the uncompleted work by readvertisement had completed their contracts and received payments thereunder, and 'in accordance with the terms of Condition 13 of the subject contract, you are responsible for excess costs and damages incurred in the completion of these contracts,' namely, $ 102,456.77.
By letters of March 8, 1955, and April 24, 1956, demands for payment of a debt of about $ 103,000 were made of defendant.
On July 3, 1956, the plaintiff filed suit in this court.
Defendant's answer, in effect, sets forth defenses that:
(1) The contract was experimental in nature and defendant was prevented from completing the contract within the required time due to unforeseeable causes beyond his control and without any fault or negligence on his part.
(2) Defendant was refused requested extensions of time by which he could have completed the contract in the same time it took under the latter contracts awarded to others.
(3) By requiring performance bonds on the later contracts, some potential bidders were eliminated and much higher bids were submitted than if the contract had been readvertised under the same terms as the contract sued on, so that the damages claimed by plaintiff are excessive.
(4) The Statute of Limitations prevents the Government from pursuing this action.
As to the defenses labeled (1) and (2) set forth above, defendant may not rely upon the claims that the contract was experimental in nature and that the delay in performance of the contract was due to 'causes beyond the control and without the fault or negligence of the Contractor,' since these contentions, at the least, raise questions of fact that this court does not have jurisdiction to consider.
Condition 14 of the contract provides the remedy of the defendant in disputes concerning questions of fact:
'14. Disputes. -- Except as otherwise specifically provided in this contract, all disputes concerning questions of fact which may arise under this contract, and which are not disposed of by mutual agreement, shall be decided by the Contracting Officer, who shall reduce his decision to writing and mail a copy thereof to the Contractor. Within 30 days from said mailing the Contractor may appeal to the Secretary of War, whose decision or that of his designated representative, representatives, or board shall be final and conclusive upon the parties hereto. Pending decision of a dispute hereunder the Contractor shall diligently proceed with the performance of this contract.'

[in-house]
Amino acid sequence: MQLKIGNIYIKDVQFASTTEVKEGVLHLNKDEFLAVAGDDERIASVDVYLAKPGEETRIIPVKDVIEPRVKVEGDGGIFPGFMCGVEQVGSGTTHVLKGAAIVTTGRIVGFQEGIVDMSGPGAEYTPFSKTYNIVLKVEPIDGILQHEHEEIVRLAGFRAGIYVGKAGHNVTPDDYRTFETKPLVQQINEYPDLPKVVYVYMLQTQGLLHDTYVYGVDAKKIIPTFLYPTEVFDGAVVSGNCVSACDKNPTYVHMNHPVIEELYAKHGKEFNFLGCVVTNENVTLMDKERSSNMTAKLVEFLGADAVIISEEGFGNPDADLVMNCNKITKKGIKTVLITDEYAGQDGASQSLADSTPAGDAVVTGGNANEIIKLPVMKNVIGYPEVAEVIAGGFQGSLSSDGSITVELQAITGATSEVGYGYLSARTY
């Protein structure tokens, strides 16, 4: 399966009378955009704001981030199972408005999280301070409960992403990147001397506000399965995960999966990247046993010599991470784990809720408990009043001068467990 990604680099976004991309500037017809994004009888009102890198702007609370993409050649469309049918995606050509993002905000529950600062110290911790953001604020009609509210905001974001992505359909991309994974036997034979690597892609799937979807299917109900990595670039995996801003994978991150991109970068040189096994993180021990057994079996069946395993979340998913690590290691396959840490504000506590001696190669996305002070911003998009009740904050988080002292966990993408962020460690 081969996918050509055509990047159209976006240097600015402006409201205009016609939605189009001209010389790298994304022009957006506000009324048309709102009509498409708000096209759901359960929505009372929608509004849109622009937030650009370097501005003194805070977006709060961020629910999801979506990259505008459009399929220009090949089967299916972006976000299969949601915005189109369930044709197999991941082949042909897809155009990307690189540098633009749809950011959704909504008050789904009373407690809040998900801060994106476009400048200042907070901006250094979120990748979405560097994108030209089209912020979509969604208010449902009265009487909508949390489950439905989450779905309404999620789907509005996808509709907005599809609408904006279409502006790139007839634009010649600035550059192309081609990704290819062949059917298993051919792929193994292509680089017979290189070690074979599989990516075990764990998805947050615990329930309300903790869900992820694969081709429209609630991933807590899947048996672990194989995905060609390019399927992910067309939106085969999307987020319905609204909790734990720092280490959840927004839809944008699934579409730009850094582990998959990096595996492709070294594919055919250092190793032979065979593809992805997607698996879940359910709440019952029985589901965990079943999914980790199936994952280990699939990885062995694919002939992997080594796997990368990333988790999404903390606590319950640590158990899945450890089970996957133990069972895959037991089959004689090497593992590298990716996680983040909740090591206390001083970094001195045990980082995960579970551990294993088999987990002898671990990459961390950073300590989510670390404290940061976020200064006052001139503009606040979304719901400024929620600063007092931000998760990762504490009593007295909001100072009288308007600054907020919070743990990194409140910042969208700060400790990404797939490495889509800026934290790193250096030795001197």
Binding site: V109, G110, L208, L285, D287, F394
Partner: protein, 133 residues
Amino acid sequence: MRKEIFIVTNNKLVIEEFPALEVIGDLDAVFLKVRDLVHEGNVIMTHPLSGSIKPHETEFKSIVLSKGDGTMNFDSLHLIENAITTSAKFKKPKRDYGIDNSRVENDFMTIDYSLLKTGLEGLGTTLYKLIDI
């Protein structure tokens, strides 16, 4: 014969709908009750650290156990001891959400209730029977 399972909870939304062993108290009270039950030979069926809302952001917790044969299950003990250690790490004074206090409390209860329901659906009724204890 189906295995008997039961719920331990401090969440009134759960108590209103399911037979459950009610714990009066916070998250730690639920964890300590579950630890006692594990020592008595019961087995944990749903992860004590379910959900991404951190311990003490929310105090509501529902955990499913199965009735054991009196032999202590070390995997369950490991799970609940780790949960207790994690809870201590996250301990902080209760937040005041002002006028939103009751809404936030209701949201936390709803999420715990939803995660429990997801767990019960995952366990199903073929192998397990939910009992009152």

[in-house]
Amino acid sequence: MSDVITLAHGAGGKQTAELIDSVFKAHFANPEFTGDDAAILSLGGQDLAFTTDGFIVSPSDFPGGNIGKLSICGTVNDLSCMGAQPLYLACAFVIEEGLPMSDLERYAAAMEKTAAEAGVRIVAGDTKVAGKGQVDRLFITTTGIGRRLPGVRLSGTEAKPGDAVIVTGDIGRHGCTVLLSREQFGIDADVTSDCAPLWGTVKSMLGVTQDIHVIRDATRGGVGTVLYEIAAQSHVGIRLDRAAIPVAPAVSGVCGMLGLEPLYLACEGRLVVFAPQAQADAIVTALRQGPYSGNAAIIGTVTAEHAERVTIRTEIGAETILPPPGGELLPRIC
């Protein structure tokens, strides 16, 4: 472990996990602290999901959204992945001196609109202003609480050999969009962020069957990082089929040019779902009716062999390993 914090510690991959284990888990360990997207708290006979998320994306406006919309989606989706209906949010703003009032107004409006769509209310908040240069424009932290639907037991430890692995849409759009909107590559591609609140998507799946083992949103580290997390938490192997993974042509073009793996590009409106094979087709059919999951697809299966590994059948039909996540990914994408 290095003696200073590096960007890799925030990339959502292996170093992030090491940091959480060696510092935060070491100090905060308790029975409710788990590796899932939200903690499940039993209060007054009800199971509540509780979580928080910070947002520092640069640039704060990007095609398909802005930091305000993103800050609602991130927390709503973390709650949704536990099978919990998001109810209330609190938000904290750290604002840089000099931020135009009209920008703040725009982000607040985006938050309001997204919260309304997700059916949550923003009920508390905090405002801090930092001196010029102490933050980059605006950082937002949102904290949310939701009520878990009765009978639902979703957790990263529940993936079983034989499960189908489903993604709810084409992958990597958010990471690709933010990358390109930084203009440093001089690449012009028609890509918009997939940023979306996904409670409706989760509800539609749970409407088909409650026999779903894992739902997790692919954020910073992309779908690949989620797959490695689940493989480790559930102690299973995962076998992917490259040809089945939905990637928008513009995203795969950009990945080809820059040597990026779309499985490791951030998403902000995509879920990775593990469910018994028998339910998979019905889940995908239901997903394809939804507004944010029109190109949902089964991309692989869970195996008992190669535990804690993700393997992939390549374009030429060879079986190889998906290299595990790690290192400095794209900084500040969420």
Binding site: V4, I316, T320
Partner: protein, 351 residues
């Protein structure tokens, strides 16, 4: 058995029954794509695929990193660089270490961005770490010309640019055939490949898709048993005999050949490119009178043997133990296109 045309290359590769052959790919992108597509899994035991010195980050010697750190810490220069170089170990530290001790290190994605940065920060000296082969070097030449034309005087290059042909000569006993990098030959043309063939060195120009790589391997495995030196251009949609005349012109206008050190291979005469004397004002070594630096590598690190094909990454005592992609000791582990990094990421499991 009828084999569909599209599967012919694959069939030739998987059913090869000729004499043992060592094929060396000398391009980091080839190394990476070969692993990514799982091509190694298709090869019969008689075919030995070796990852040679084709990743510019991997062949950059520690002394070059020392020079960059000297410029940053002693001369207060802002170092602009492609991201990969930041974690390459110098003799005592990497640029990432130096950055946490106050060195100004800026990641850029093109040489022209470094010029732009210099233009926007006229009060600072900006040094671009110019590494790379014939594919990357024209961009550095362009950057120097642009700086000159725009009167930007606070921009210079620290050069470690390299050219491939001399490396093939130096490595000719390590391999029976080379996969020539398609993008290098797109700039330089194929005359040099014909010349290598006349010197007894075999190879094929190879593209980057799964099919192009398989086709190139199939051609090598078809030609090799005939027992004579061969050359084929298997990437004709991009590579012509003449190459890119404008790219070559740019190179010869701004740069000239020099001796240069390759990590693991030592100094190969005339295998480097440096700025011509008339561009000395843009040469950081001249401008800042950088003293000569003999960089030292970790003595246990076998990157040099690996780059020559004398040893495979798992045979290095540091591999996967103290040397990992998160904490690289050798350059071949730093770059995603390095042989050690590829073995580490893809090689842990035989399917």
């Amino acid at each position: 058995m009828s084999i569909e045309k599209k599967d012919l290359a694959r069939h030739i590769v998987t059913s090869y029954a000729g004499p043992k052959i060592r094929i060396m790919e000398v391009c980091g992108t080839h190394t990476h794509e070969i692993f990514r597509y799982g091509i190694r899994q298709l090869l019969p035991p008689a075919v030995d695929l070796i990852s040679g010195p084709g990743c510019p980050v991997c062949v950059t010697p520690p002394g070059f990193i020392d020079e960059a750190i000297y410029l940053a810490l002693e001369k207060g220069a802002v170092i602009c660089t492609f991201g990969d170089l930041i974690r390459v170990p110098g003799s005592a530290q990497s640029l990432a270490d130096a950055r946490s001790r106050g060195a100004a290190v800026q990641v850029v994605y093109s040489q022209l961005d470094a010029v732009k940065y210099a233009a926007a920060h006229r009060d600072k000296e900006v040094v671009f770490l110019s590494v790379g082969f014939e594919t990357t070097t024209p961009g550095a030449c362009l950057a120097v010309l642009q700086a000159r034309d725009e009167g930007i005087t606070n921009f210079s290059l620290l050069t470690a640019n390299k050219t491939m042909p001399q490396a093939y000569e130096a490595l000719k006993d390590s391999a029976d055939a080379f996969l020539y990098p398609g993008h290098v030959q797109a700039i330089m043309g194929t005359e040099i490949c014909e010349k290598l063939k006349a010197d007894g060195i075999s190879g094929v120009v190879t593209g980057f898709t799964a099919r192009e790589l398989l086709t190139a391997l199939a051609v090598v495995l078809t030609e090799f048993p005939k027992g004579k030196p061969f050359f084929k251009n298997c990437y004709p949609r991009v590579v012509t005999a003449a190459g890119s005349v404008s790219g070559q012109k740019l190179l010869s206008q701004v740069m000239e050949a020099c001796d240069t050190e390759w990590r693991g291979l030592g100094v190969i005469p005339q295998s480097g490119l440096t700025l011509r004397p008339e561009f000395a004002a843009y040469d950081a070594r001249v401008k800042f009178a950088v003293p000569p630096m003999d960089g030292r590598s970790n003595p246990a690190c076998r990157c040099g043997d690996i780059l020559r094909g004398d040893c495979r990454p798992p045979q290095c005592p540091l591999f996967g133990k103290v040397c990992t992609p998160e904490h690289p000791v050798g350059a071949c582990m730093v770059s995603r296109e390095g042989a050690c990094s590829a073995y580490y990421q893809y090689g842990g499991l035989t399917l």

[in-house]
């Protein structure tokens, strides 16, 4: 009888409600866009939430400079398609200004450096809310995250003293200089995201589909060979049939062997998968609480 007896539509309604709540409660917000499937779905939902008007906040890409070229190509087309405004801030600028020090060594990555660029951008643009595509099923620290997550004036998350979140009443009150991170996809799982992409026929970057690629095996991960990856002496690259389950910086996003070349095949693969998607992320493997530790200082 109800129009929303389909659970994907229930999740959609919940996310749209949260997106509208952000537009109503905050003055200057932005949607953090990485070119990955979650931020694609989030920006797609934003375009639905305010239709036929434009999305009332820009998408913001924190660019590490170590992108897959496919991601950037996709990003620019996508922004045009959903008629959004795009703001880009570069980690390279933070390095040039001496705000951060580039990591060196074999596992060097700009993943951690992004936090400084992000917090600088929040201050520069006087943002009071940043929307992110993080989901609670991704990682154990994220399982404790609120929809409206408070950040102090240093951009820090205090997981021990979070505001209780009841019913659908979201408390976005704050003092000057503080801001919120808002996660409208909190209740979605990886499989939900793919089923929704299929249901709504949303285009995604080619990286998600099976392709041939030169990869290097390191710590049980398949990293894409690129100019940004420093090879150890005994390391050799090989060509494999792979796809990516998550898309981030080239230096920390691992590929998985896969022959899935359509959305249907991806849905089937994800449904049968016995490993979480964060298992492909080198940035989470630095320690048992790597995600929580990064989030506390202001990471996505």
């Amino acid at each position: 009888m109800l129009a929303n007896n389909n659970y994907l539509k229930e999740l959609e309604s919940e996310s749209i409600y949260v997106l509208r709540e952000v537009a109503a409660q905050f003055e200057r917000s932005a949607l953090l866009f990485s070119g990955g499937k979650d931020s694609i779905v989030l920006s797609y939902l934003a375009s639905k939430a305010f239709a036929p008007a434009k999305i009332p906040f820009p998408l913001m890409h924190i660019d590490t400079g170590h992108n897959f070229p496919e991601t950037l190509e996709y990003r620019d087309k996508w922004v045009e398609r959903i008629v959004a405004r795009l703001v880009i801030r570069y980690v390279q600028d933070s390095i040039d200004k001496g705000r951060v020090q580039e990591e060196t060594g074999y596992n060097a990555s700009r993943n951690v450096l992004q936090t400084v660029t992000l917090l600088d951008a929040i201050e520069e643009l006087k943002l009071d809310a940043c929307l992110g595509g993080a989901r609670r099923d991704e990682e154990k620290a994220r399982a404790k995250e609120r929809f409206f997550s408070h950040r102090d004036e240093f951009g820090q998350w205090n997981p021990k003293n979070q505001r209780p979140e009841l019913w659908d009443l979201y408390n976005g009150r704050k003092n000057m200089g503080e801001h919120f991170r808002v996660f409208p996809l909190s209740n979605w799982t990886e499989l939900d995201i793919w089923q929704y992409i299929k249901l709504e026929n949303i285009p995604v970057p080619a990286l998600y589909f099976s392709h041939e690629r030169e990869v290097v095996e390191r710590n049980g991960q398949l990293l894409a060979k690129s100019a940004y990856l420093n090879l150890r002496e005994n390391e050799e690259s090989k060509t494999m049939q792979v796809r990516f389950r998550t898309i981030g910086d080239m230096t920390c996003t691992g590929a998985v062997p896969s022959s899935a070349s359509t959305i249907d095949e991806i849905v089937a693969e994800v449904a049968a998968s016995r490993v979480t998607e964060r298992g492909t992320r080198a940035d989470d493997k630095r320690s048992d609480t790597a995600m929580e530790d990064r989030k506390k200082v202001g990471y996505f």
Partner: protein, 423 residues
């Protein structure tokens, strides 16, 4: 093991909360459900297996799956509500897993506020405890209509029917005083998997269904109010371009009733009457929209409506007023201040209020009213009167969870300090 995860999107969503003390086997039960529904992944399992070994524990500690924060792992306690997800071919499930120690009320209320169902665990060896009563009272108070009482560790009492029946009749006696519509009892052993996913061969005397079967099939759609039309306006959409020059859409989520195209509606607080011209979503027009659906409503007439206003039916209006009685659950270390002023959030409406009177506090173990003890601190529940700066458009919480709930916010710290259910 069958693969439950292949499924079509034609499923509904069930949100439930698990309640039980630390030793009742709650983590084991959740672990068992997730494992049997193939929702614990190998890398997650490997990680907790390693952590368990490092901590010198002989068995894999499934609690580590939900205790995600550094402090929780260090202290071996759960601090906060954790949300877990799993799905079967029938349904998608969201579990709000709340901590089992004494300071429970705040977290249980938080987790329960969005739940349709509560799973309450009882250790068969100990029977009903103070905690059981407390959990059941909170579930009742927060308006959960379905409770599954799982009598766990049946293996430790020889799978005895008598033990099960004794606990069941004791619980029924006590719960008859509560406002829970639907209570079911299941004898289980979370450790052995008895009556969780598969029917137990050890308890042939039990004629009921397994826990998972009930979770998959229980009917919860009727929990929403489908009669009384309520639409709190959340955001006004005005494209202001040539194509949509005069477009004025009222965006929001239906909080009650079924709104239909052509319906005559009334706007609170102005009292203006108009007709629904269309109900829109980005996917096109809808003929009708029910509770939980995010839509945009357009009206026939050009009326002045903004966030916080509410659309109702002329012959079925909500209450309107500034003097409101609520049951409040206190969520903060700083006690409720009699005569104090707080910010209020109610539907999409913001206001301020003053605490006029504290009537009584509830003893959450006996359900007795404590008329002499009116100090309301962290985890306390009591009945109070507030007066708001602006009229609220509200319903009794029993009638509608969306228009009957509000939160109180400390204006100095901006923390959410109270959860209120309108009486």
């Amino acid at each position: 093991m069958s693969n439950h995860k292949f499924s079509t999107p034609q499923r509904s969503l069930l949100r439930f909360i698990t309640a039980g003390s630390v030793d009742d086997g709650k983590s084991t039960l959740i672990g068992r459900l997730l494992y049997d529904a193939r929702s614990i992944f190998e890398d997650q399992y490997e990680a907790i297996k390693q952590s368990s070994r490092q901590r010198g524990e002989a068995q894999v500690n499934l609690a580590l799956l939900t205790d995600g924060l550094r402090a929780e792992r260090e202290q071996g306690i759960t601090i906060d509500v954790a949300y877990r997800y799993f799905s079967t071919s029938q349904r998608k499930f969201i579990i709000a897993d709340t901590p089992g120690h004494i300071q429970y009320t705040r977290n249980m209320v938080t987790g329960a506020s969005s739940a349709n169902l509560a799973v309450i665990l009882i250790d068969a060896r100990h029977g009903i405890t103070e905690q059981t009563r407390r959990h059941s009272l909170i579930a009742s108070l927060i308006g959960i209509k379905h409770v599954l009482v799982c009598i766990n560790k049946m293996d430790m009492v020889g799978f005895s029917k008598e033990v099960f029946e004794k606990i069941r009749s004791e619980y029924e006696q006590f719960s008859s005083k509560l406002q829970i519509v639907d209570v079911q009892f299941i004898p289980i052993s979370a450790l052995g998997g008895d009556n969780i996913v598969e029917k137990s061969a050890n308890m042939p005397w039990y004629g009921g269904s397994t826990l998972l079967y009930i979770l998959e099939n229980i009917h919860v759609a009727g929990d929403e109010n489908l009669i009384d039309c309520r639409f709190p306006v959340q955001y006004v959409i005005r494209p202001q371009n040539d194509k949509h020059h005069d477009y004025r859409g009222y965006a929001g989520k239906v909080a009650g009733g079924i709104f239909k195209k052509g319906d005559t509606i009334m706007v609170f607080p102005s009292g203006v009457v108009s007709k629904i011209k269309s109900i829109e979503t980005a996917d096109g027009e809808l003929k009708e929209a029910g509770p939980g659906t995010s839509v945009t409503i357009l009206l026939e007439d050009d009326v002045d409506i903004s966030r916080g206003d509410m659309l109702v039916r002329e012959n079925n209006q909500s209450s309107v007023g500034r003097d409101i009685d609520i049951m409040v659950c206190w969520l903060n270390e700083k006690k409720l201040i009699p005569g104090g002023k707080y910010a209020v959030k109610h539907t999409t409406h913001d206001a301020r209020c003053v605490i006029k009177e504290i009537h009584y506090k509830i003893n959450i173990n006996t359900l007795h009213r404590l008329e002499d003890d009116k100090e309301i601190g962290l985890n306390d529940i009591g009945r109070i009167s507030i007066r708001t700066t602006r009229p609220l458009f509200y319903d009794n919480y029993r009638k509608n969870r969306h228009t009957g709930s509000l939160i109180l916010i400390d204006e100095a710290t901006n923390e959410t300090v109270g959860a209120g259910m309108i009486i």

The letter of March 25, 1949, giving notice of termination by the contracting officer, was a decision from which defendant could have appealed to the Secretary of War,
and in the absence of an allegation that the appeal procedure provided in the contract was in fact inadequate for the correction of the alleged unreasonable attitude of the subordinate Government official, defendant's not having pursued the administrative appeal provisions of the contract bars him from asserting this defense to plaintiff's claim.
United States v. Blair, 1944, 321 U.S. 730, 64 S. Ct. 820, 88 L. Ed. 1039; United States v. Joseph A. Holpuch Co., 1946, 328 U.S. 234, 66 S. Ct. 1000, 90 L. Ed. 1192.
Thus, the effect of this disputes clause is to deprive the courts of jurisdiction of any claim
covered by it, until the administrative procedure has been completed. Atlantic Carriers v. United States, D.C.S.D.N.Y.1955, 131 F.Supp. 1, rehearing denied, 131 F.Supp. 5.
For these reasons, the plaintiff is entitled to a finding in its favor on the issue of liability.
Defendant's third defense that the requirement of a performance bond in the later contracts 'resulted in much higher bids being submitted than would have been submitted had the contract been readvertised under the same terms as the contract sued on' and that such 'performance bond constituted a fundamentally different contract, involving a much higher bid price,' raises a more difficult question. Plaintiff contends that the measure of damages is 'the difference between the cost of the successor contracts * * * and the balance due the defendant had he fully performed, less the cost of the performance bonds * * *.'
However, the fact that a performance bond was required under the new contracts, requiring time-taking contacts with the bonding company, may well have resulted in higher bids by the subsequent contractors, even after deducting the costs of the performance bonds, than would have been made if such bonds had not been required. The defendant is entitled to a trial to support its contention on the issue of damages as outlined in this third defense.
Finally, as to the fourth defense, the United States is not bound by the state Statute of Limitations. United States v. Summerlin, 1940, 310 U.S. 414, 60 S. Ct. 1019, 84 L. Ed. 1283.
And Now, June 4, 1957, It Is Ordered (a) that defendant Smith's motion for summary judgment, filed March 11, 1957, is Denied, (b) that plaintiff's motion for summary judgment, filed December 27, 1956, is Granted as to the issue of defendant's liability, and (c) that the action shall proceed to trial on the issue of damages.